As we wait for the outcome of today's MPC meeting and learn whether the committee has decided to impose a further rise in interest rates, a growing majority of Britons are already cutting back on their spending.
Inflation is currently at a 40-year high and the Bank of England’s efforts to tackle this by raising interest rates three times since December last year has, so far, failed to halt the spiralling cost of living. This has left many people with no choice but to sacrifice not only discretionary spending but also cut back on essentials.
Newly released figures from the Building Societies Association reveal that 54% of Britons are reducing their energy use and 31% plan to cut back on essentials such as food and clothing. Also, around half of those questioned are cutting back on non-essentials like eating out and going to the cinema (51%) and four in ten people (41%) are shopping around to find better prices.
Despite the Chancellor’s support measures, the major concerns are still around the rising cost of energy and food. Higher energy costs are the biggest worry for the vast majority (73%), while 66% are worried about food costs. 21% confess they’re concerned about rising interest rates and 32% are worried about being able to save for the future.
The research shows that 24% of non-homeowners admit they’re not confident about paying their housing costs, double the number in the first quarter of 2021, and 50% higher than just three months ago. This compares to 6% of homeowners who say they’re worried about paying their mortgage.
Consumer behaviour changes
It’s no surprise that many people are planning to make lifestyle and financial changes to cope with the cost-of-living crisis. The data shows that 20% are putting off bigger purchases like cars, household items and holidays, with a similar number (21%) planning to use their savings to deal with rising costs.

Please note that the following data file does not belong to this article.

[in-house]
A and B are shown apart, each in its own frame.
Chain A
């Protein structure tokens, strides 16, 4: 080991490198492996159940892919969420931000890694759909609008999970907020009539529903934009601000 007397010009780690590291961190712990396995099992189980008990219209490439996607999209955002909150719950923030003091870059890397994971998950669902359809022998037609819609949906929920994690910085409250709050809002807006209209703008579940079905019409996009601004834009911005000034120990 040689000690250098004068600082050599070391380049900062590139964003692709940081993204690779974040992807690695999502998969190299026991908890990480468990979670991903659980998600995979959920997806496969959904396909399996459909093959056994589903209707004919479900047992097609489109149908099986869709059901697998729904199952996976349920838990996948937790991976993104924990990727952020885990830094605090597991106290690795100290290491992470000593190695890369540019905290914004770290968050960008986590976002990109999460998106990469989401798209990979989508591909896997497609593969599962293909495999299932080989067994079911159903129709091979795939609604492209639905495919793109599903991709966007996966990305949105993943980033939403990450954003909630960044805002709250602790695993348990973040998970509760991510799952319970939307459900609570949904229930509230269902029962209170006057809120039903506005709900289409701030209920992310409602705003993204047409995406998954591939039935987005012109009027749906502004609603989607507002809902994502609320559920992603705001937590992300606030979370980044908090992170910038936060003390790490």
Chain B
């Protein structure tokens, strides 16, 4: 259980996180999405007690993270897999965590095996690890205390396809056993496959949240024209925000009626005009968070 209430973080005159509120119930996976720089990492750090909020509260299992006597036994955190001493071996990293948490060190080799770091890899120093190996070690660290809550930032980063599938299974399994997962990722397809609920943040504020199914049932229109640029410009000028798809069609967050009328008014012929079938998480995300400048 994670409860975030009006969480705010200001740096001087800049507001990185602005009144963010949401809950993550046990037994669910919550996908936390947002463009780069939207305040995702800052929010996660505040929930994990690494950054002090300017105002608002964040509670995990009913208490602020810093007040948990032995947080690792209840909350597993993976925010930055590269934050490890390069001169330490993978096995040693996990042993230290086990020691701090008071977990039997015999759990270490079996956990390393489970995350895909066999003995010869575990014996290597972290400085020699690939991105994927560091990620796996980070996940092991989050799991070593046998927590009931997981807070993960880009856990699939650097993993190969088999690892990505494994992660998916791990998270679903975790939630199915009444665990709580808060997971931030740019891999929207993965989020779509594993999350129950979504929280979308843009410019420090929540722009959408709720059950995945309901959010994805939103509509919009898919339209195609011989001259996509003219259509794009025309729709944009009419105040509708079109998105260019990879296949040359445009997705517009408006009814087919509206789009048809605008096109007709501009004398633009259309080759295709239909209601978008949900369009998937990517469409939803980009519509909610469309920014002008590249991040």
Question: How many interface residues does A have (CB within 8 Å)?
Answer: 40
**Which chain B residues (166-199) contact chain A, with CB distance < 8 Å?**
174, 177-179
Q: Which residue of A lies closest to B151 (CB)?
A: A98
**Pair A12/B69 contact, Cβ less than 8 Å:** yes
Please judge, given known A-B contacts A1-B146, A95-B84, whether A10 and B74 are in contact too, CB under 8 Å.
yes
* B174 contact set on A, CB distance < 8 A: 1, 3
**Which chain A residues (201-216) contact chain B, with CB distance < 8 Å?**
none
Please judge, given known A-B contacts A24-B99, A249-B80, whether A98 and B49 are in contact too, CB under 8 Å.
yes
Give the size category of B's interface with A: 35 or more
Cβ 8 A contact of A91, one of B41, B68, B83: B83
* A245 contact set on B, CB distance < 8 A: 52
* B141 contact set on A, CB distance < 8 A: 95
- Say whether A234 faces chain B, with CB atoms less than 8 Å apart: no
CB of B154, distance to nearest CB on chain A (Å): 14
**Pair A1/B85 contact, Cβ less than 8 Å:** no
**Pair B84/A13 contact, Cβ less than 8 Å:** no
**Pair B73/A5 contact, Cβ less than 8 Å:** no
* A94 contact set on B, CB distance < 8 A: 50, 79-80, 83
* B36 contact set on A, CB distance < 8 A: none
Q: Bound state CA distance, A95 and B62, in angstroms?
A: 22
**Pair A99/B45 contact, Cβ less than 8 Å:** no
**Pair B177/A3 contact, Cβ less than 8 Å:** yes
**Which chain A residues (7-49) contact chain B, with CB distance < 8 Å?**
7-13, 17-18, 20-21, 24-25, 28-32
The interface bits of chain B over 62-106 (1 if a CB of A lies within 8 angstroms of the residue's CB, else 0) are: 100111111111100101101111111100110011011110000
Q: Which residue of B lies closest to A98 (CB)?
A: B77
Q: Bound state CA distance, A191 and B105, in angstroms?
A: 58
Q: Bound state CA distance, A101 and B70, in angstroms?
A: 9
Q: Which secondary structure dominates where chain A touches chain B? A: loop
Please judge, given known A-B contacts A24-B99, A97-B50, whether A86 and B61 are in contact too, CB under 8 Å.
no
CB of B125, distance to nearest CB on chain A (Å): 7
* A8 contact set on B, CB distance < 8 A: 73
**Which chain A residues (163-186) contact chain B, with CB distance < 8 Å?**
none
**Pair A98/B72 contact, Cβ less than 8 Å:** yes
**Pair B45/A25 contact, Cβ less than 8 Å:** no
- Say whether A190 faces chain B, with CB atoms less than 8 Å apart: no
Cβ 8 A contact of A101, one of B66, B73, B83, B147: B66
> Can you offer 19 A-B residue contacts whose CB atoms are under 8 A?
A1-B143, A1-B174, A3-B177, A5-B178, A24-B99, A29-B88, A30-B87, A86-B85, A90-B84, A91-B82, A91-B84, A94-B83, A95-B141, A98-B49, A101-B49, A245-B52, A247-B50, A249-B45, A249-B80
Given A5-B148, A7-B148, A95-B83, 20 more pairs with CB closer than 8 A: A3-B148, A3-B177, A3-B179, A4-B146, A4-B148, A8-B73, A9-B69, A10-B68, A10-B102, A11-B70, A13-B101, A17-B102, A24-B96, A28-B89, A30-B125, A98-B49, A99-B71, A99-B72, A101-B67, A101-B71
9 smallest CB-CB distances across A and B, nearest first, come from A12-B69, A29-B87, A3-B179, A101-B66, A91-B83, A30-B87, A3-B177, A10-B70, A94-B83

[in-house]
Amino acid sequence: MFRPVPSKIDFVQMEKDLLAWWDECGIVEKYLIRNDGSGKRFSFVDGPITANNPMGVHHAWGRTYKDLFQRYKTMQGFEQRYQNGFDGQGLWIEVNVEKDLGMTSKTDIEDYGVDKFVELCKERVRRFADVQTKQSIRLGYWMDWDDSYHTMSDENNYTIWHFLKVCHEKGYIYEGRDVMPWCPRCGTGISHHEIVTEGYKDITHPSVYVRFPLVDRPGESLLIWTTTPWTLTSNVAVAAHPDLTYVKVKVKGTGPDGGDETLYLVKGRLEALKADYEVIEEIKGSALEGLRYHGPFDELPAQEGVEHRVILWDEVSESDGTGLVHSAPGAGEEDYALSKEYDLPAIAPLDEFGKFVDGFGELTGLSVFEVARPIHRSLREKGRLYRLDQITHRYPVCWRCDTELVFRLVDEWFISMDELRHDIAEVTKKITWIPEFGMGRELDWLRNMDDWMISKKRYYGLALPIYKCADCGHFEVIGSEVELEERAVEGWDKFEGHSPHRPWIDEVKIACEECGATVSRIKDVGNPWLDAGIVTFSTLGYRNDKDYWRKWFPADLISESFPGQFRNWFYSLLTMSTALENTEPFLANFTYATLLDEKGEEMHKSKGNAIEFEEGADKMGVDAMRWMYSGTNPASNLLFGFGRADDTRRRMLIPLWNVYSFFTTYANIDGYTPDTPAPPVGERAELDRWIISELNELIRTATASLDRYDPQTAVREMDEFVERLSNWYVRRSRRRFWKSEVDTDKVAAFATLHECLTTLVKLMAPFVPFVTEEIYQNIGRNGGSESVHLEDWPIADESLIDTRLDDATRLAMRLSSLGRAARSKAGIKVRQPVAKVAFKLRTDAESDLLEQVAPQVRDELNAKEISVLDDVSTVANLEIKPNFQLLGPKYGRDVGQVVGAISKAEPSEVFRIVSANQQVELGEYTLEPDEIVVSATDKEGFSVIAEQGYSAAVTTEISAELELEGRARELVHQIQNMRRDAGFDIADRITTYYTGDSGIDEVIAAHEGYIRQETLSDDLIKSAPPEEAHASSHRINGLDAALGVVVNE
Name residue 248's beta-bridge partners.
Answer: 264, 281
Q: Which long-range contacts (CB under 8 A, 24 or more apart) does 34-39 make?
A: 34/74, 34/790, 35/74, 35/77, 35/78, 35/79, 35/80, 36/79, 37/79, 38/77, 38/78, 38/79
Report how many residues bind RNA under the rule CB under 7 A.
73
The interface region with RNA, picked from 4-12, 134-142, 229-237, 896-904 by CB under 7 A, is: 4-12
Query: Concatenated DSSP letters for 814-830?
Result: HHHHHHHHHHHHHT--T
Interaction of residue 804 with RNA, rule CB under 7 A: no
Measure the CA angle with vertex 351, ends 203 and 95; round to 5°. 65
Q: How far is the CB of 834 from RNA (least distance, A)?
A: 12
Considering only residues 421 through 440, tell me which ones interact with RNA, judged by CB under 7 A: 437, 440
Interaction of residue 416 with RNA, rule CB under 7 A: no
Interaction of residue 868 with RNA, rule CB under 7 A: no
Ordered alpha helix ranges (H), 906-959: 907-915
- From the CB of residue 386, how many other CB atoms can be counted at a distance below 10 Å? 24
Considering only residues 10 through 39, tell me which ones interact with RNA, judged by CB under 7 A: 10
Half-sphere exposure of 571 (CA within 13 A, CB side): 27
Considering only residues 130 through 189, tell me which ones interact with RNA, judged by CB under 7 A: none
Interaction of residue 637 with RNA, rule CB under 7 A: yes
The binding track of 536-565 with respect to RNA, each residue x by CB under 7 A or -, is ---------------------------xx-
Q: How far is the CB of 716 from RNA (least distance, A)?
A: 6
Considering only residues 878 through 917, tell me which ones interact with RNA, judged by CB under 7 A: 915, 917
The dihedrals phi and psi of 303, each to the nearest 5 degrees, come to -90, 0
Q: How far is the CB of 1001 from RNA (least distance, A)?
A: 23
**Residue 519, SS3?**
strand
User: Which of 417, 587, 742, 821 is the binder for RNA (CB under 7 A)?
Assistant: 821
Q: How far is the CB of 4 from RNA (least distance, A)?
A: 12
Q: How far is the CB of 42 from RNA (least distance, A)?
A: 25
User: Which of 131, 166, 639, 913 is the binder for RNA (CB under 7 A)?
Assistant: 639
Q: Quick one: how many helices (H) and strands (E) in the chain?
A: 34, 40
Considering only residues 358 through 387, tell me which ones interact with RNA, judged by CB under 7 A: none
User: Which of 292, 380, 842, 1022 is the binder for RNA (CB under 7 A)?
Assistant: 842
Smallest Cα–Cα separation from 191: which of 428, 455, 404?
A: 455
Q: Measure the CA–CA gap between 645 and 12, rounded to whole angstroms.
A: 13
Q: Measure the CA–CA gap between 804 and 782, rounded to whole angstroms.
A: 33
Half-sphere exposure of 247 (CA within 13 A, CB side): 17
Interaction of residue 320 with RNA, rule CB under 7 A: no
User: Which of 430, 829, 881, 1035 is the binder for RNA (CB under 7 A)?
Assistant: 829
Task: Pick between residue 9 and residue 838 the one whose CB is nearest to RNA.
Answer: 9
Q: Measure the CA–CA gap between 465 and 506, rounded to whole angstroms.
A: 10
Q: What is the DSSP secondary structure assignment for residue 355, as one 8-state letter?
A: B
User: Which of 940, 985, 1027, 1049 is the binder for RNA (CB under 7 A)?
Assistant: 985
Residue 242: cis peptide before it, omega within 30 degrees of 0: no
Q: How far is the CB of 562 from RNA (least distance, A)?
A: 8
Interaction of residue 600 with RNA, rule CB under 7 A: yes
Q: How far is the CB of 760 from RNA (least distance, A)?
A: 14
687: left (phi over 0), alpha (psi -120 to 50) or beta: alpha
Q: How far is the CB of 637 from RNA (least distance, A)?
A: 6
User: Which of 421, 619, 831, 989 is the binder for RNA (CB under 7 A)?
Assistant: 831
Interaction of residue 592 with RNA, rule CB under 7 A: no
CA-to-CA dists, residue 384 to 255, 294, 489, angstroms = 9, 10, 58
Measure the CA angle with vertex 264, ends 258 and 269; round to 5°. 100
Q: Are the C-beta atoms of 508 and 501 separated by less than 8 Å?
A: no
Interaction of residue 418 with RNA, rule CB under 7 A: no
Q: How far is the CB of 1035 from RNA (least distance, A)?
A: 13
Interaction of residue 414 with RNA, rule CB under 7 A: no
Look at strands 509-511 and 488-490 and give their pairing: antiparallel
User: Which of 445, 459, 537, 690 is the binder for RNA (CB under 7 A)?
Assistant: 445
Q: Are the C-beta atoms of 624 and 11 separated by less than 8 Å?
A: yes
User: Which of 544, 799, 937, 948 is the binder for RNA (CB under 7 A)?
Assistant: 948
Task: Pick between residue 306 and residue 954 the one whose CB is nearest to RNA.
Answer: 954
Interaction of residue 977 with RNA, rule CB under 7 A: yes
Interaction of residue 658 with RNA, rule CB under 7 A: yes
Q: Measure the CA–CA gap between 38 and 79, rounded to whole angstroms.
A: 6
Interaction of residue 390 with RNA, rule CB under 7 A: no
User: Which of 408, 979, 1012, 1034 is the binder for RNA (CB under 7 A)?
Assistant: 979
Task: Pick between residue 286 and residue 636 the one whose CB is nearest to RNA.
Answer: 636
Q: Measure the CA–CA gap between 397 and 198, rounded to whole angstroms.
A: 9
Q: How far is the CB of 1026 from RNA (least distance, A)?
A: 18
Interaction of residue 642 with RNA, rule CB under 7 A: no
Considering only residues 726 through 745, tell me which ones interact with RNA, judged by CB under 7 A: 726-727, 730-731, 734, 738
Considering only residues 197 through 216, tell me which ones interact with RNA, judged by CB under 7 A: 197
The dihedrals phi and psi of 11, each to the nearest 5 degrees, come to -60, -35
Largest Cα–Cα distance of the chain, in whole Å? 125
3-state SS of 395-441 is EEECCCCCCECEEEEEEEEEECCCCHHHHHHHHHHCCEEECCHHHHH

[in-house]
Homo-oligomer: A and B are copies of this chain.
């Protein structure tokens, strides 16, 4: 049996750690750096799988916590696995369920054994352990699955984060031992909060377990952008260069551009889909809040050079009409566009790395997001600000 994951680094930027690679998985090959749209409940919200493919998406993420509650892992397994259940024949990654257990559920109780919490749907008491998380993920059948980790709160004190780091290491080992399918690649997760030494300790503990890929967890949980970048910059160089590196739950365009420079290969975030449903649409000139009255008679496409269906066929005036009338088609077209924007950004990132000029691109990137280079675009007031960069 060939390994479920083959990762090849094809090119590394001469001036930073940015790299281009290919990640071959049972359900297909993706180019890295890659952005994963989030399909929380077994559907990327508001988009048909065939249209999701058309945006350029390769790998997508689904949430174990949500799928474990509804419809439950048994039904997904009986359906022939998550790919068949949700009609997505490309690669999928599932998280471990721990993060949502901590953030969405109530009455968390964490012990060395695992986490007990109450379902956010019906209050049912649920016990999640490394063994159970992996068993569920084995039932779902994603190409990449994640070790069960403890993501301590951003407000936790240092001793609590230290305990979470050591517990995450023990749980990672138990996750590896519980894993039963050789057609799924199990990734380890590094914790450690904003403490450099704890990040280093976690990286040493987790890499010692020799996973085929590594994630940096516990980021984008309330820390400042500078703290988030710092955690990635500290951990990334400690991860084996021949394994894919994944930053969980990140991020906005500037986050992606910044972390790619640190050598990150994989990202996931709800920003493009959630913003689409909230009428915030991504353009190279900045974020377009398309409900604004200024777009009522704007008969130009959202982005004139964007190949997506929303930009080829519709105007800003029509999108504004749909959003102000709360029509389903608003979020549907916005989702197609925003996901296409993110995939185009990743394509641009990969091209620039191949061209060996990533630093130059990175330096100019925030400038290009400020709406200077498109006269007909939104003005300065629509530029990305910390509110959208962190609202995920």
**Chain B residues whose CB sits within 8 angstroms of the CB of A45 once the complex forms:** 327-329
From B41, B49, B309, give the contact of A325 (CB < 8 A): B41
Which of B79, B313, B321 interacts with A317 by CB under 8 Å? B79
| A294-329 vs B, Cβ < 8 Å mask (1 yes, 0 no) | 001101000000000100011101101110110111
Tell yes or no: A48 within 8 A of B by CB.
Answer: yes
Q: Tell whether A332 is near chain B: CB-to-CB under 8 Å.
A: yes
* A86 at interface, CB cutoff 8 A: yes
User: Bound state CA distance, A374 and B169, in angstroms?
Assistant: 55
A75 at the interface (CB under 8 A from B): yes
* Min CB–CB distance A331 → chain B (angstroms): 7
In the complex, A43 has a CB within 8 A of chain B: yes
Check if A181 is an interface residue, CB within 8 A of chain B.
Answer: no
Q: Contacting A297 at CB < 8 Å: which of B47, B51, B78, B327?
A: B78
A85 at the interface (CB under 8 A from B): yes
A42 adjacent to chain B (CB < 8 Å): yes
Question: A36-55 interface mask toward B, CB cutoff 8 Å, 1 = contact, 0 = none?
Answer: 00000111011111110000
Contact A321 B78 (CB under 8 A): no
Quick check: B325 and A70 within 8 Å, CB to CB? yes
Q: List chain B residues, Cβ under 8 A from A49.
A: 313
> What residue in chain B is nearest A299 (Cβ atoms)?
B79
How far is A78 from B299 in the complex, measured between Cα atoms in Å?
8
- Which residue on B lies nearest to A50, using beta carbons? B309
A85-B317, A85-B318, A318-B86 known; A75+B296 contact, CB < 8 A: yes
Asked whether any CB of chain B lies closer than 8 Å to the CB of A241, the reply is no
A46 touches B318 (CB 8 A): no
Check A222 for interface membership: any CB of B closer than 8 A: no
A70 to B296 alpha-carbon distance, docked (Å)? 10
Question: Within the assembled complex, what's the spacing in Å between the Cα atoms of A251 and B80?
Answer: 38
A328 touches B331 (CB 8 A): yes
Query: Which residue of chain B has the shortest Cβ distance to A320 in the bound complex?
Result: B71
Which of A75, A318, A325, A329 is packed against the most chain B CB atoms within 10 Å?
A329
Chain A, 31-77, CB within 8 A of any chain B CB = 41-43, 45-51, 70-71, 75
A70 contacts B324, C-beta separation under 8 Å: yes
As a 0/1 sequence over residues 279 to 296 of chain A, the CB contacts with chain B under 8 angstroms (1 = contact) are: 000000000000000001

It is however pleasing to see that relatively few people are looking to borrow more through consumer credit (6%) or from friends & family (4%).
Surprisingly, only 12% of people don’t expect to have to make any changes, which only rises to 21% in households with incomes of £100k or more.
The BSA Property Tracker research also revealed that consumers’ confidence in the housing market has declined. The number of people who think that now is a good time to buy a home has slumped to its lowest level (16%) since the BSA started tracking this in 2008.
39% disagree that now is a good time to buy a property, an increase from 33% in March. The main reasons those disagreeing gave were the current high level of house prices (73%), as well as the impact of rising interest rates (70%) and high inflation (70%).
In terms of barriers to homeownership, high house prices mean that raising a deposit required to buy a property remains the biggest one, with 62% of respondents citing this. However, affording the monthly mortgage repayment is rising and is now the second most common barrier (53%). This may continue to be a growing barrier if a further rate increase is announced at lunchtime.
Paul Broadhead, Head of Mortgage and Housing Policy at the BSA, said: “It would have been naïve not to expect that people would be cutting back on their spending during the current cost of living crisis, but to see the extent to which people are struggling and being forced to cut back on essentials, such as heating and food, is concerning.
“It’s clear that spiralling inflation is impacting almost every household, and the possibility of another Bank Rate increase later today is only likely to add more worry onto the nation’s shoulders.
“Whilst it’s encouraging that less than one in ten homeowners are concerned about keeping up with their mortgage payments, this is likely to be because it will take time for Bank Rate rises to be felt by most borrowers, as around 80% are on fixed rates. Borrowers must however start planning for when their mortgage deal ends, as whilst the impact is likely to be quite modest, any increase in expenditure in the current environment will be unwelcome.
Paul concludes: “Of greater concern is the growing number of people who are worried about paying their rent, which has doubled in the last 15 months. Whilst the support packages provided by the Government to date are obviously welcome interventions, it’s clear that for many, more support is needed if families are to survive the current crisis without increasing levels of personal debt.”